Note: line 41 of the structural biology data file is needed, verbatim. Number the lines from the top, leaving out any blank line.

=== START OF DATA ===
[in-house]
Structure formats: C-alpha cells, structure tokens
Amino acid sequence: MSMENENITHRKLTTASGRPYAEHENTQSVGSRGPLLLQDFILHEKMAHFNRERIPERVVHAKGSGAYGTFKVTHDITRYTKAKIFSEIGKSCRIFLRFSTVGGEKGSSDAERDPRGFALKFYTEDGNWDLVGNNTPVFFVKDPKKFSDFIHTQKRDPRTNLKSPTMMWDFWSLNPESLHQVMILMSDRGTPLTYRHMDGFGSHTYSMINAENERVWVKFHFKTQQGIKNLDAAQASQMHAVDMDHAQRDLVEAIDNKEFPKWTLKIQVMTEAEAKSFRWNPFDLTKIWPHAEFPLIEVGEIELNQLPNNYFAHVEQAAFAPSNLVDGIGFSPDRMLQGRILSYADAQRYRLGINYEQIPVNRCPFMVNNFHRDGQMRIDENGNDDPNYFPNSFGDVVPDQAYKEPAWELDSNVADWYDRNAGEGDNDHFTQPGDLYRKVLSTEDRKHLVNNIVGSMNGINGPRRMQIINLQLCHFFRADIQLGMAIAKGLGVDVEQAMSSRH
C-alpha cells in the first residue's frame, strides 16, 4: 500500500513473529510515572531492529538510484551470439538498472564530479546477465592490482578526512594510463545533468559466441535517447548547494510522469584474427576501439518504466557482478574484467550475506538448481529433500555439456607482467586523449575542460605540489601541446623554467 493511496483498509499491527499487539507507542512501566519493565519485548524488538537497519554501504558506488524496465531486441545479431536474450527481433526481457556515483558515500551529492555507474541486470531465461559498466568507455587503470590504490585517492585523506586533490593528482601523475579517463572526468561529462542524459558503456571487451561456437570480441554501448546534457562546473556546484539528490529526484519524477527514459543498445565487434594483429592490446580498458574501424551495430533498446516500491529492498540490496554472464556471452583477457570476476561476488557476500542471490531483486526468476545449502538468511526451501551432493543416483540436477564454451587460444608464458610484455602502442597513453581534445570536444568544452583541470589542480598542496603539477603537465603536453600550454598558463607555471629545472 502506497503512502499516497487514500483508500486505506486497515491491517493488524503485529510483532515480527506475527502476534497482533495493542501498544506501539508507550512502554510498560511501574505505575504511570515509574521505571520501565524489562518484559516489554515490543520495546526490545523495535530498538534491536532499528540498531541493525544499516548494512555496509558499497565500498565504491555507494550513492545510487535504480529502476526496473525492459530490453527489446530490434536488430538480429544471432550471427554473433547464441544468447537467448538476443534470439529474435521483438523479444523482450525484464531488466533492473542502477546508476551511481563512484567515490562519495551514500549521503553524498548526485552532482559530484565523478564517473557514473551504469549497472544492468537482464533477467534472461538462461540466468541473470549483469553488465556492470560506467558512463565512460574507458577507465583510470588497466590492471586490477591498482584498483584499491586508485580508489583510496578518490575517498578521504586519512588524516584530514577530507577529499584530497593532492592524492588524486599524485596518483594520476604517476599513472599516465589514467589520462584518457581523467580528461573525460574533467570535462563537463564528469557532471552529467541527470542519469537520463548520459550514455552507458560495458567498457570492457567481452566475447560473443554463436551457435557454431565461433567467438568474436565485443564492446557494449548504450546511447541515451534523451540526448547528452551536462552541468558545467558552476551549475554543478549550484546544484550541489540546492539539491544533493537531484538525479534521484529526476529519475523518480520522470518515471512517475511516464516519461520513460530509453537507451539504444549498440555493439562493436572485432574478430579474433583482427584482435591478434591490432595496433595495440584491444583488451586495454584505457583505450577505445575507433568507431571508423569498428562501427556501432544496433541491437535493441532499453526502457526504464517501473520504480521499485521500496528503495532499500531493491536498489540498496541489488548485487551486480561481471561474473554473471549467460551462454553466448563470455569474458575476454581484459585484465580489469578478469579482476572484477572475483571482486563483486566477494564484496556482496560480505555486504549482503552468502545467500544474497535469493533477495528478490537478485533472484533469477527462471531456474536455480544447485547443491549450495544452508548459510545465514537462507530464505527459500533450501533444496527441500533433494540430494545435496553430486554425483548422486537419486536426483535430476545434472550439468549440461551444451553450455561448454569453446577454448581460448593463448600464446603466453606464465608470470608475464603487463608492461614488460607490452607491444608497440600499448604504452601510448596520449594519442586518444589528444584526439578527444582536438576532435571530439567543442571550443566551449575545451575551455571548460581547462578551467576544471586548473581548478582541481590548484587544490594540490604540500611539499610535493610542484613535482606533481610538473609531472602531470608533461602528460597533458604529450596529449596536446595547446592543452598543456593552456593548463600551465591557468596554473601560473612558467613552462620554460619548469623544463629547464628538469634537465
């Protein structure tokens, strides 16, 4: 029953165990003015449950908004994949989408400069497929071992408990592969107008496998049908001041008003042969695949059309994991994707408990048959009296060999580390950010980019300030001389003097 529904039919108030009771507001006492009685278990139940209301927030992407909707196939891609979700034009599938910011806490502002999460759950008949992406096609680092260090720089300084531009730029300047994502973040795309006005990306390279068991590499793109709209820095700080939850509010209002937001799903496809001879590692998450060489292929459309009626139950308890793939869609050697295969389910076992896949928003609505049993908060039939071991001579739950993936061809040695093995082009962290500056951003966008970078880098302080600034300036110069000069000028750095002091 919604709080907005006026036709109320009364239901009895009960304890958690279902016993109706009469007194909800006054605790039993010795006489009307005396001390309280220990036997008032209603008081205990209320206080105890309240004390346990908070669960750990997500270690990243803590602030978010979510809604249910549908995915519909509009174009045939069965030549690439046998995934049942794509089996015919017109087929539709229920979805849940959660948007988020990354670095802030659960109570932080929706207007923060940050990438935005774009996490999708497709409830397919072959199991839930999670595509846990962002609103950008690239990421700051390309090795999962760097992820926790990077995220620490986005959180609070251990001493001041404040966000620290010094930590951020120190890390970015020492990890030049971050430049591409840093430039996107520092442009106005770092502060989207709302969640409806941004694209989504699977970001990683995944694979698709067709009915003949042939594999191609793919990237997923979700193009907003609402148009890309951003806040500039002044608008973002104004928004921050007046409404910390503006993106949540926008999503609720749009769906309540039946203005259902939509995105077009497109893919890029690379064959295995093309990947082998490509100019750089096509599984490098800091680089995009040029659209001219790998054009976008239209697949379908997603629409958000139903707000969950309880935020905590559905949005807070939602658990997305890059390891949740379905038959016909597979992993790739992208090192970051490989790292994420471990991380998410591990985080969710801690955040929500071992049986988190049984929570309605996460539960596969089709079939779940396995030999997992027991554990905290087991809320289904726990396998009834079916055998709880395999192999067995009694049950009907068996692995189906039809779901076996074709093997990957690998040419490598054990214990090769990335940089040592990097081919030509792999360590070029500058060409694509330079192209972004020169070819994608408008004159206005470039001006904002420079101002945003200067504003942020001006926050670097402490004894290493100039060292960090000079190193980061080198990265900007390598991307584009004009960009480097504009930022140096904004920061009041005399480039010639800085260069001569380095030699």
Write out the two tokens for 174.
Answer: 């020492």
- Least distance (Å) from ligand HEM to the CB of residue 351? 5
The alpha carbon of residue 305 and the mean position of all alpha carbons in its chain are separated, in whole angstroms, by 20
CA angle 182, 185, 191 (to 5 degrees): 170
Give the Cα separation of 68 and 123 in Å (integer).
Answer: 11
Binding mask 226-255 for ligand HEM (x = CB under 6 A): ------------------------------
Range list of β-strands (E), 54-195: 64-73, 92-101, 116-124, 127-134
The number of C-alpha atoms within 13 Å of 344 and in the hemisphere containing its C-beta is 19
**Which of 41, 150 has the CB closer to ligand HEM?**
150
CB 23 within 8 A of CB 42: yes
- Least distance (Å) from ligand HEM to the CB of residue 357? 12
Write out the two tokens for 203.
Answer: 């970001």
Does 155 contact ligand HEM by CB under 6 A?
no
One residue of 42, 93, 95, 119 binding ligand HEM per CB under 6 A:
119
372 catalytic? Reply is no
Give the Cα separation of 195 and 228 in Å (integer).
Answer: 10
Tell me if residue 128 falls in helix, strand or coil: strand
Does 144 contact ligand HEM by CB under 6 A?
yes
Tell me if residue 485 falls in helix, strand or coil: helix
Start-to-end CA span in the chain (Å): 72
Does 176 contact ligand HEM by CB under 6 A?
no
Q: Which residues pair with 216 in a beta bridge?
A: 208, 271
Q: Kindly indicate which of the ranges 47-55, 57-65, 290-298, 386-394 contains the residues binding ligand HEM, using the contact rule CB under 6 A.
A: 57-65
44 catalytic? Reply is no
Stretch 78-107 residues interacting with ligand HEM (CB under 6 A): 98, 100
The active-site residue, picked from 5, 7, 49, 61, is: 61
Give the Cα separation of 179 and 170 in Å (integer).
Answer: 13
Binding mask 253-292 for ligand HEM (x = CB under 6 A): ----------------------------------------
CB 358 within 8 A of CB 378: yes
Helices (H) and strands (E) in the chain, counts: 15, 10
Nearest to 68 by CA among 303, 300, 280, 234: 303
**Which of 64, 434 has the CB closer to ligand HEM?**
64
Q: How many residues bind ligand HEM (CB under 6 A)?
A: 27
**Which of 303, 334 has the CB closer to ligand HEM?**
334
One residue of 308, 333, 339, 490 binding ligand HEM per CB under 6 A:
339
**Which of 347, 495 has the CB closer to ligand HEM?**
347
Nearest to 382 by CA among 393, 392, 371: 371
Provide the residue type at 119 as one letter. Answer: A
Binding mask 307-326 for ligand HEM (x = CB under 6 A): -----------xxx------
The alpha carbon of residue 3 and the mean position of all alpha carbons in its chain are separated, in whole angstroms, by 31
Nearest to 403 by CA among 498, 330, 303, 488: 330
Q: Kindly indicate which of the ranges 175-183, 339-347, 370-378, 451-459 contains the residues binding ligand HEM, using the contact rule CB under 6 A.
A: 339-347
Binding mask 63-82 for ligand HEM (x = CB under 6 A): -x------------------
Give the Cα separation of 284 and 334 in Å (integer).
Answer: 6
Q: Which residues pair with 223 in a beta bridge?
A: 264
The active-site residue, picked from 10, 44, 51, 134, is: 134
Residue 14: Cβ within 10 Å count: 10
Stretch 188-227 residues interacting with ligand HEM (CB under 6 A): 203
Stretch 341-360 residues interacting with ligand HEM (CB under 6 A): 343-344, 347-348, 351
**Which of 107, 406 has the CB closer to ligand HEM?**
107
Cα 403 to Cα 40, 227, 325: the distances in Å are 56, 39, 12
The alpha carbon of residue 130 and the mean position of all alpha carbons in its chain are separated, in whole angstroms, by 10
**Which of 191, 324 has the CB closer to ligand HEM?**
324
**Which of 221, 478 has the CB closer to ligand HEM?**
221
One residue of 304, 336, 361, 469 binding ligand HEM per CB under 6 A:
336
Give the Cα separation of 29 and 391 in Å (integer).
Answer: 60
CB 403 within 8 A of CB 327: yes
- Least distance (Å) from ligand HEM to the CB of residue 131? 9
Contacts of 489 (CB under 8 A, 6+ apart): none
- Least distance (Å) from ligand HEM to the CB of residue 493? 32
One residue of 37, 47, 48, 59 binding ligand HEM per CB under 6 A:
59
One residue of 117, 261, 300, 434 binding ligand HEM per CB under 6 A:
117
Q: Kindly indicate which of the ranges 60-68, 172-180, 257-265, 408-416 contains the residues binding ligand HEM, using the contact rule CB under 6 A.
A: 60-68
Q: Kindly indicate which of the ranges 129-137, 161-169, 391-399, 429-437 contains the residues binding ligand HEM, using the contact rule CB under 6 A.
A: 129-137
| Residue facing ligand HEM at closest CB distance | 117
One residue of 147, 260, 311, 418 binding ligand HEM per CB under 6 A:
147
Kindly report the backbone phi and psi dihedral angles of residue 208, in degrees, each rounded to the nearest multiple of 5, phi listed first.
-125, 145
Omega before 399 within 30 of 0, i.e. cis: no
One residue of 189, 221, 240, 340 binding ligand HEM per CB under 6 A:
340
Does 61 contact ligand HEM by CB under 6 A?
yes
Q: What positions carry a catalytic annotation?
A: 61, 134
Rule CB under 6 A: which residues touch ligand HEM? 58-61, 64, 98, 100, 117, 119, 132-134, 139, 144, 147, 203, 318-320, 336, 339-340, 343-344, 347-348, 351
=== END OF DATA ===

Stretch 78-107 residues interacting with ligand HEM (CB under 6 A): 98, 100